1960s Psychedelic Rock: The Best of the Decade

This article is a collaborative effort, crafted and edited by a team of dedicated professionals.

Contributors: Andranick Tanguiane, Fred Lerdahl,

Looking back at the 1960s, it’s hard to deny that Psychedelic Rock was one of the defining genres of the decade. From The Beatles to The Doors, Pink Floyd to The Grateful Dead, Psychedelic Rock defined a generation and continues to influence music today. Here, we take a look at the best Psychedelic Rock songs of the 1960s.

The Beatles – “Sgt. Pepper’s Lonely Hearts Club Band”

The Beatles’ 1967 album “Sgt. Pepper’s Lonely Hearts Club Band” is often considered one of the best albums of all time, and it is certainly the most well-known psychedelic rock album of the 1960s. The album’s iconic cover art, featuring a collage of famous faces, set the stage for the sonic experimentation that was to come. “Sgt. Pepper’s” features some of The Beatles’ most beloved songs, including “Lucy in the Sky with Diamonds,” “With a Little Help from My Friends,” and “A Day in the Life.”

The Jimi Hendrix Experience – “Are You Experienced?”

In 1967, the Jimi Hendrix Experience released their debut album, Are You Experienced?, which featured some of the most innovative and influential guitar work of the decade. This album cemented Hendrix as a pioneer of psychedelic rock and helped to shape the sound of the genre for years to come.

Pink Floyd – “The Piper at the Gates of Dawn”

Released in August of 1967, Pink Floyd’s debut album The Piper at the Gates of Dawn was a mix of Syd Barrett-penned pop songs and experimental instrumentals. The record reached #6 on the UK charts and is considered by many to be one of the first psychedelic rock albums.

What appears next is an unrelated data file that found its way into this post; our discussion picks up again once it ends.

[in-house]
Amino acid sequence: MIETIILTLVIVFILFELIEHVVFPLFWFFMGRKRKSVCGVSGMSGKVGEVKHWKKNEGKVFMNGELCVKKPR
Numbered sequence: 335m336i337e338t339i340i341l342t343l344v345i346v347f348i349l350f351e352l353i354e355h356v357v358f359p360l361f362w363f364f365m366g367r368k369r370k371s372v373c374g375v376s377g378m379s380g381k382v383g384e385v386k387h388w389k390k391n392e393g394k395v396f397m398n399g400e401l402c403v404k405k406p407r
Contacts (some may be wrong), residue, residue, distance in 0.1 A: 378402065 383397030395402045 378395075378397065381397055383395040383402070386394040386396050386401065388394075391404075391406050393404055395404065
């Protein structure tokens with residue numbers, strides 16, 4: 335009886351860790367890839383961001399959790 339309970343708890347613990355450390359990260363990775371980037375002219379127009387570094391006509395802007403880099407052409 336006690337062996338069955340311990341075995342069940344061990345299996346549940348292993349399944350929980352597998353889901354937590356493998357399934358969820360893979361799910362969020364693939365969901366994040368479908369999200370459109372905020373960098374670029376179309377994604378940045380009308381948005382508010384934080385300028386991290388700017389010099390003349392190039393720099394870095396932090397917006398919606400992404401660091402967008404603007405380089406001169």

The Doors – “The Doors”

The Doors’ self-titled debut album was released in 1967 and is one of the most influential albums of all time. It is a perfect example of psychedelic rock and features the band’s signature sound. The album includes the singles “Light My Fire” and “Break On Through (To the Other Side)”, which are two of the most iconic songs of the 60s.

Love – “Forever Changes”

Love’s “Forever Changes” is one of the most beautiful, poetic and deeply moving records of the psychedelic era. It’s also one of the most atypical, eschewing the era’s customary themes of mind expansion, youthful abandon and social protest in favor of something far more personal, introspective and, in a way, mature. This was an album about growing up, growing old and learning to accept change, all conveyed through singer-songwriter Arthur Lee’s cryptic lyrics and the gorgeous orchestrated pop arrangements of producer Bruce Botnick. Lee never made another album like “Forever Changes,” but its influence can be heard in subsequent generations of music makers who found themselves drawn to its melancholy poetry and wistful melodies.

The Grateful Dead – “Anthem of the Sun”